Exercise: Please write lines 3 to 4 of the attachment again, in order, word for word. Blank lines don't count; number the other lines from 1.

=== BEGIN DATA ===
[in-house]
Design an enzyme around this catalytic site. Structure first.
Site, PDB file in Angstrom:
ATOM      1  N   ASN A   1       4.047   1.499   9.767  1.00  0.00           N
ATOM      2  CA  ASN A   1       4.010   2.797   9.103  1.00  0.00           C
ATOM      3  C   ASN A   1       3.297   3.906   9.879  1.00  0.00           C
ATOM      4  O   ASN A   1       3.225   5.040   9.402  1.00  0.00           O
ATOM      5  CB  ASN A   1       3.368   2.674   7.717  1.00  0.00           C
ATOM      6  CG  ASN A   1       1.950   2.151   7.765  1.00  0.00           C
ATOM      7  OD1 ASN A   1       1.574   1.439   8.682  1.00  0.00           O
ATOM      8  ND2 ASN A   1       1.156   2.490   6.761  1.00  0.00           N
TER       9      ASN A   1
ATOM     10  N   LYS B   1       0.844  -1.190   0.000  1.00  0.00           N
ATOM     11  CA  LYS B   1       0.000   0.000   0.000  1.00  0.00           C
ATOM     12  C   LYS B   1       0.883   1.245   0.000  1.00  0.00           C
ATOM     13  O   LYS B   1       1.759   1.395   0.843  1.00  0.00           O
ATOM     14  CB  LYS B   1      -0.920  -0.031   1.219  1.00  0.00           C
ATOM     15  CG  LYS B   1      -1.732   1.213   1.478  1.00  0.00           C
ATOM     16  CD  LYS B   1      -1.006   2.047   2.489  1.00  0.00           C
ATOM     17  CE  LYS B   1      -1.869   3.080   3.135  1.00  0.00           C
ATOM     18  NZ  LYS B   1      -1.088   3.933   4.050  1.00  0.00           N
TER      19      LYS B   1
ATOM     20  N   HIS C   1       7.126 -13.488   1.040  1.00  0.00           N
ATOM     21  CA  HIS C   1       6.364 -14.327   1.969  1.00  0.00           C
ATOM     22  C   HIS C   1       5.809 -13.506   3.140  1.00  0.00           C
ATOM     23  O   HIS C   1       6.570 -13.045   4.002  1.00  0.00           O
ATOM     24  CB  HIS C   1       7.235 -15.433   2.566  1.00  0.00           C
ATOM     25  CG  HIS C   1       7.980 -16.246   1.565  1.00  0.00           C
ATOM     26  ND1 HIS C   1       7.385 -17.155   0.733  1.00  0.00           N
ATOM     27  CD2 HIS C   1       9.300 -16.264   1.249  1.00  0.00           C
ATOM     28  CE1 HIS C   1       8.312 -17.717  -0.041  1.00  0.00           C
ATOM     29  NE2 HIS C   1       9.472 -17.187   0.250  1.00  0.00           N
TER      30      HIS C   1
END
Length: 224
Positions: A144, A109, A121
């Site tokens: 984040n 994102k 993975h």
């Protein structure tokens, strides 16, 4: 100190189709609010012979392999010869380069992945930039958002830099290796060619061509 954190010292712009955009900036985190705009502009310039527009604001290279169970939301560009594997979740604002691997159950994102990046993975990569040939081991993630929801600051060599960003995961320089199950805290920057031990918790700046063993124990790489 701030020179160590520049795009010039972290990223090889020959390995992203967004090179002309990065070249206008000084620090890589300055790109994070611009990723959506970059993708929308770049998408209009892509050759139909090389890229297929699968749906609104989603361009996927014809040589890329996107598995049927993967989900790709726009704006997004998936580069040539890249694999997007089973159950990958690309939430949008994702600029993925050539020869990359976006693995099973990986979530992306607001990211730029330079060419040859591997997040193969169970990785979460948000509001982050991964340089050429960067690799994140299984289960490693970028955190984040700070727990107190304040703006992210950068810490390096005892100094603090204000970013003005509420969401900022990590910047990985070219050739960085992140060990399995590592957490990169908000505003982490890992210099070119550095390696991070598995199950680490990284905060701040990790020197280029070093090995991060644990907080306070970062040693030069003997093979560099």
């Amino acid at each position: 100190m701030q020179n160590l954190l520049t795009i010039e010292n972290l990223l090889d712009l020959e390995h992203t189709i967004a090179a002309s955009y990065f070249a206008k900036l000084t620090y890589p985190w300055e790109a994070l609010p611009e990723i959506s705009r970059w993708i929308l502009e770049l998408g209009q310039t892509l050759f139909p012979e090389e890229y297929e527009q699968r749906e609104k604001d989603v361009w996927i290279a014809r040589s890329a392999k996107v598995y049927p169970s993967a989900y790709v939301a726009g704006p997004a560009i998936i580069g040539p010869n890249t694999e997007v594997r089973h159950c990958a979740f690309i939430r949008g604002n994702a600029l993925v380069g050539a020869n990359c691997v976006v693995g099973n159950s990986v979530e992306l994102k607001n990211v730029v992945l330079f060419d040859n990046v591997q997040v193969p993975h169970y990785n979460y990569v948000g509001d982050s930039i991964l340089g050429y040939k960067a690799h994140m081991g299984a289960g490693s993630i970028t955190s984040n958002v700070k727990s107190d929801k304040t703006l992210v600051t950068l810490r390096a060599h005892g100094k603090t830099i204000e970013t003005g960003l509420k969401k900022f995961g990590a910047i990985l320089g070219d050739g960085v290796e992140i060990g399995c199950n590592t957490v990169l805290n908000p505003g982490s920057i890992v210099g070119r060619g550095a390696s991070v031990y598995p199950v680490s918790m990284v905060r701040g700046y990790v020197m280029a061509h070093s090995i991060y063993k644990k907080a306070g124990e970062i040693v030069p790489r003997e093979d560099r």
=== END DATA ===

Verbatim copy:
Site, PDB file in Angstrom:
ATOM      1  N   ASN A   1       4.047   1.499   9.767  1.00  0.00           N